Grants were submitted to the National Science Foundation in the Spring of 1986, and in the Summer of 1986 NSF approved funding. In September, 1997 MIDnet was the first NSFNET regional backbone network to become fully operational. The NSFNET regional backbone networks were the precursors to the Internet. MIDnet initially connected Iowa State University, Kansas State University, Oklahoma State University–Stillwater, the University of Kansas, the University of Missouri, the University of Nebraska-Lincoln, the University of Oklahoma, and Washington University in St. Louis with 56 kbit/s DDS leased telephone lines in a ring topology. The MIDnet ring was originally connected via a 56 kbit/s DDS leased telephone line from the Nebraska node to the NSFNET backbone. It was the first of the NSF-funded regional networks to become fully operational.
MIDnet's original focus was to create a network for accessing and exchanging information, and throughout its history, information exchange continued to be a major focus. Semi-annual member conferences were important vehicles for fostering information exchange and they are considered to be the legacy of MIDnet. Central in the history of MIDnet were Carol Farnham and (through Spring of 1994) Dale Finkelson.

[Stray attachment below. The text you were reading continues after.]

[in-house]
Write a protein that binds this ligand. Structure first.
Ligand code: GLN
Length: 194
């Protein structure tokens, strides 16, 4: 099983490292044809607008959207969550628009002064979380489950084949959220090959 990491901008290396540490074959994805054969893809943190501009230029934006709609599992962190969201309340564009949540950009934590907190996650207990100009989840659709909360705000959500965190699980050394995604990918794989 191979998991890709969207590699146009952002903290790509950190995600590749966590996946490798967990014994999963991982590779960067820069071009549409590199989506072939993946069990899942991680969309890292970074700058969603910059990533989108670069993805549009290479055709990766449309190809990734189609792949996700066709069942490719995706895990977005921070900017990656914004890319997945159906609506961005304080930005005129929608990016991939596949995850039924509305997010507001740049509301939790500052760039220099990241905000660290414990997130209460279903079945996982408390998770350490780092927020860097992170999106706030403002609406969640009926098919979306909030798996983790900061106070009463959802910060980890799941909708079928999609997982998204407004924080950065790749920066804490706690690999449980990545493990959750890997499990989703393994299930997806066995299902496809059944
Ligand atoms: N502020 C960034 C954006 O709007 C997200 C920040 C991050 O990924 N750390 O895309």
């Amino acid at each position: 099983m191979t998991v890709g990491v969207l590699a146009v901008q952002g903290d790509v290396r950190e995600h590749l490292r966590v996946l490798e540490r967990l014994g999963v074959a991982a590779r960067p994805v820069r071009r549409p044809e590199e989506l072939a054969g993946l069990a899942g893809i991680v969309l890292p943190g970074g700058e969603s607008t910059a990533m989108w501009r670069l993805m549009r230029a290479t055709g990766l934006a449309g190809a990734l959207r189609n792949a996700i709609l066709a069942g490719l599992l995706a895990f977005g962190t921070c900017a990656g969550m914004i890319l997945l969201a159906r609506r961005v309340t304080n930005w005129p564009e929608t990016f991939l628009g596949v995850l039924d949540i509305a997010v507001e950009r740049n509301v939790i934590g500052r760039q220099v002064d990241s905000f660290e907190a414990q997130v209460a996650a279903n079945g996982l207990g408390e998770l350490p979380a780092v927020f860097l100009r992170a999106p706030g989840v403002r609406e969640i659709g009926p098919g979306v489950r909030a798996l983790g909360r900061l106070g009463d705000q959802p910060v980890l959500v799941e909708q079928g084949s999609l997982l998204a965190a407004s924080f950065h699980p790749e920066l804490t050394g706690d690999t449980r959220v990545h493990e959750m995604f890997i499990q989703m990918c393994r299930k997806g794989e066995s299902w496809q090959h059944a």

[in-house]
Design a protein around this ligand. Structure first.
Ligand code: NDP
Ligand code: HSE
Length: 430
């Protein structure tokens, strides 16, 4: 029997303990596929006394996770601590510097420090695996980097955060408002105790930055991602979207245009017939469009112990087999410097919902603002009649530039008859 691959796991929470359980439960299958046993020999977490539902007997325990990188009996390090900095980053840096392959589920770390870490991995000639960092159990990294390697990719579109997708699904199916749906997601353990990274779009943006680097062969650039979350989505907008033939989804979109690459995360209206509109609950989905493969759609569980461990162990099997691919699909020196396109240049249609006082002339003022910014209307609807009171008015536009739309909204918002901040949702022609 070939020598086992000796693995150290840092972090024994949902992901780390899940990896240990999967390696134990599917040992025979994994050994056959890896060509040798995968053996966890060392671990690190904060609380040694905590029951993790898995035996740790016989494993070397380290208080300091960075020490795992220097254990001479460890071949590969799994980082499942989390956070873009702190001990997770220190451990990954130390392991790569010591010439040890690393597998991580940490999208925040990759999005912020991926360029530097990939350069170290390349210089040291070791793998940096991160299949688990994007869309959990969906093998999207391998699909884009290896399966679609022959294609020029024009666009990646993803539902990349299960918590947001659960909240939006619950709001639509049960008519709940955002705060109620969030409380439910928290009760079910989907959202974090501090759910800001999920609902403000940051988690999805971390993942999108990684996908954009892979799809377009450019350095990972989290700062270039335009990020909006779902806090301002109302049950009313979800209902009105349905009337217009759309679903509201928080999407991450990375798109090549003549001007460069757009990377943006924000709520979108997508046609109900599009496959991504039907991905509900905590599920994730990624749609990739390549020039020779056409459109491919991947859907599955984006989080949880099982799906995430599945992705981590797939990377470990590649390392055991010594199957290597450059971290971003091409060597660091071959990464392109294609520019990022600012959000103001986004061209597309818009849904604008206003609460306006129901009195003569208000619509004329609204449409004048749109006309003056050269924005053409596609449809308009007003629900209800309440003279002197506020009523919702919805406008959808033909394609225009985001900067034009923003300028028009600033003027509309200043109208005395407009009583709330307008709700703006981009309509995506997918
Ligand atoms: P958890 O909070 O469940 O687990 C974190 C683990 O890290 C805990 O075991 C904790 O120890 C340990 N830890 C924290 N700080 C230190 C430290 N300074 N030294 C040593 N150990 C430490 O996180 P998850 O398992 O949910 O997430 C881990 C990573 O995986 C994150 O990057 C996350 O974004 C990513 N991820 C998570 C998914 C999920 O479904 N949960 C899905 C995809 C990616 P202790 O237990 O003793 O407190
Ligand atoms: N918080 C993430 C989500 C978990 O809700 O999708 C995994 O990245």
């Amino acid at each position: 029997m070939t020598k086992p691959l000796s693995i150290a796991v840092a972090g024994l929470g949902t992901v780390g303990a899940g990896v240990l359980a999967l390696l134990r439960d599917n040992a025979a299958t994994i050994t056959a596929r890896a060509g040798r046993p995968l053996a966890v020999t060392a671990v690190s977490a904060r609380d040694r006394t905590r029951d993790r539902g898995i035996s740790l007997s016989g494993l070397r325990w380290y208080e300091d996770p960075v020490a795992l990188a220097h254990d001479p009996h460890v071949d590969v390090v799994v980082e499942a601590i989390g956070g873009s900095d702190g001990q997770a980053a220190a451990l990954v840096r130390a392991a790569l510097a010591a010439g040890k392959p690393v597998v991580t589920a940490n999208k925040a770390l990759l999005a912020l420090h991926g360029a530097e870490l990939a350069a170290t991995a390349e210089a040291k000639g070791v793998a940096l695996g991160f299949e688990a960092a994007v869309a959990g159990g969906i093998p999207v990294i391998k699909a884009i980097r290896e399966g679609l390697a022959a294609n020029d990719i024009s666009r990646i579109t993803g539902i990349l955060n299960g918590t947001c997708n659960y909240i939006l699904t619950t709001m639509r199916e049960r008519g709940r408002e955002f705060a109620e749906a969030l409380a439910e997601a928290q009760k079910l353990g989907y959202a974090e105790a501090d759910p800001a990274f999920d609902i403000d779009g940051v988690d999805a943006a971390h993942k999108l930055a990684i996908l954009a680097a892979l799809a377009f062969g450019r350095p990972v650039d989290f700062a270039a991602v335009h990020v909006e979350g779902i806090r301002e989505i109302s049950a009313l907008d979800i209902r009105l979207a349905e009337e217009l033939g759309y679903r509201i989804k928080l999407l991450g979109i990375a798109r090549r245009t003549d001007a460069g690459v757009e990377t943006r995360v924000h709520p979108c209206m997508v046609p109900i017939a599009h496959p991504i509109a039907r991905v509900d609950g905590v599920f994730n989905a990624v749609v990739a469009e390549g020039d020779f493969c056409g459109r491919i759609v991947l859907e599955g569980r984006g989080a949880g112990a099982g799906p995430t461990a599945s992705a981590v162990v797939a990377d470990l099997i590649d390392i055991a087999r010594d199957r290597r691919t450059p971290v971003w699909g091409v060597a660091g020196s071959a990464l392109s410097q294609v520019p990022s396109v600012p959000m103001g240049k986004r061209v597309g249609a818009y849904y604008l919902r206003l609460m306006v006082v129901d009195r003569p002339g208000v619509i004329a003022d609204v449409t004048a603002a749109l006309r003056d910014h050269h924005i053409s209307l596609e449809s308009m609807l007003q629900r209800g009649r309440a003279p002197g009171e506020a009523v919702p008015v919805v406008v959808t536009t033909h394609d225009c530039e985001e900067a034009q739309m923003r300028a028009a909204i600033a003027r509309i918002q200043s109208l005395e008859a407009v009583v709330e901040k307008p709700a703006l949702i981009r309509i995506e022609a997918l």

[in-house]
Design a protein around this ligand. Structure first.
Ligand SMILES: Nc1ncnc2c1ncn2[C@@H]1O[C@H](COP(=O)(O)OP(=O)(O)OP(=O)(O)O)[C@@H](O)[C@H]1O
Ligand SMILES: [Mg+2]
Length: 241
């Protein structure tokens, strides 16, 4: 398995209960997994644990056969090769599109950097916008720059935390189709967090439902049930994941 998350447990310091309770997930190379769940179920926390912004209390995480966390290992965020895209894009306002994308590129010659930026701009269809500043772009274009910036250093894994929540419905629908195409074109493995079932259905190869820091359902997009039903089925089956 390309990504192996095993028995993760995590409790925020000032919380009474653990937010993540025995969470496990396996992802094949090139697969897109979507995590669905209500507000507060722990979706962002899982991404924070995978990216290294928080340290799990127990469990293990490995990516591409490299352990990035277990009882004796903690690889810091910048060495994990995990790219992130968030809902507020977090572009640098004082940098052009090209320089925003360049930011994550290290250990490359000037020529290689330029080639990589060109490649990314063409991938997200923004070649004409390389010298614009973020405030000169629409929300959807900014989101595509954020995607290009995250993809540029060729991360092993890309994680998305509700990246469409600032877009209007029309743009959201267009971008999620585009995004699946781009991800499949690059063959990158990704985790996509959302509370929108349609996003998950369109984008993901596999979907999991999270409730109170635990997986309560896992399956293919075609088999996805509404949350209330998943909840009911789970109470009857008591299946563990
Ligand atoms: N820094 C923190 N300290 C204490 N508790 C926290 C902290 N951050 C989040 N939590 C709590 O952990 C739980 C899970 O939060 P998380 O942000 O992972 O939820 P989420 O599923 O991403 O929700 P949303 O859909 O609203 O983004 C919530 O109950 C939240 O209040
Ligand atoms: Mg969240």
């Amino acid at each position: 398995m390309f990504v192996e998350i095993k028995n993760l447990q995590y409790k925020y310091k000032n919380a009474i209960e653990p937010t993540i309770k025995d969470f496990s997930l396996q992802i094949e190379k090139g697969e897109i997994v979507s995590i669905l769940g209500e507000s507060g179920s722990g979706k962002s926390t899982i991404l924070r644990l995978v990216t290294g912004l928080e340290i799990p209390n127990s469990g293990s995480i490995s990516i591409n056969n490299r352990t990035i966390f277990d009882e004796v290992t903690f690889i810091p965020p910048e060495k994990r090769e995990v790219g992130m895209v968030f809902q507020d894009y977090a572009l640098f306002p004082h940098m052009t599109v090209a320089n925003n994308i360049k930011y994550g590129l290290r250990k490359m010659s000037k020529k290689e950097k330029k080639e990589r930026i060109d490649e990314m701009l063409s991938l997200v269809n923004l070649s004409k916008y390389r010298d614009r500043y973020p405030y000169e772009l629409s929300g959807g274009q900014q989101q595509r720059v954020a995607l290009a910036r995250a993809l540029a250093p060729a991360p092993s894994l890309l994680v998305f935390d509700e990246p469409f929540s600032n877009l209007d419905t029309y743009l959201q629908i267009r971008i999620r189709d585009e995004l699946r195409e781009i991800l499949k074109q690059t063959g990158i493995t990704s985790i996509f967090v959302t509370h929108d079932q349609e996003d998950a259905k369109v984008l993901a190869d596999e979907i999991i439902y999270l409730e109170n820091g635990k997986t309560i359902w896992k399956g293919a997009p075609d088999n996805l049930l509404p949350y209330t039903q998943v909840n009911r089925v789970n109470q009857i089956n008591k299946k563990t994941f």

MIDnet transitioned from a university-based organization to non-profit status in 1992. Two years later, Global Internet, a Palo Alto, California start-up, acquired MIDnet and its name was changed to Global Internet Network Services. The original board of directors of MIDnet were reorganized as the MIDnet Research and Higher Education Advisory Council. Global Internet sold the Network Services division to Verio, Inc. in 1997 and later sold the consulting and implementation division to Exodus Communications. MIDnet, Inc. is now a private foundation with a focus on data research and development of information for the research and education networking community.
- LaQuey, "The Users Directory of Computer Networks", 1990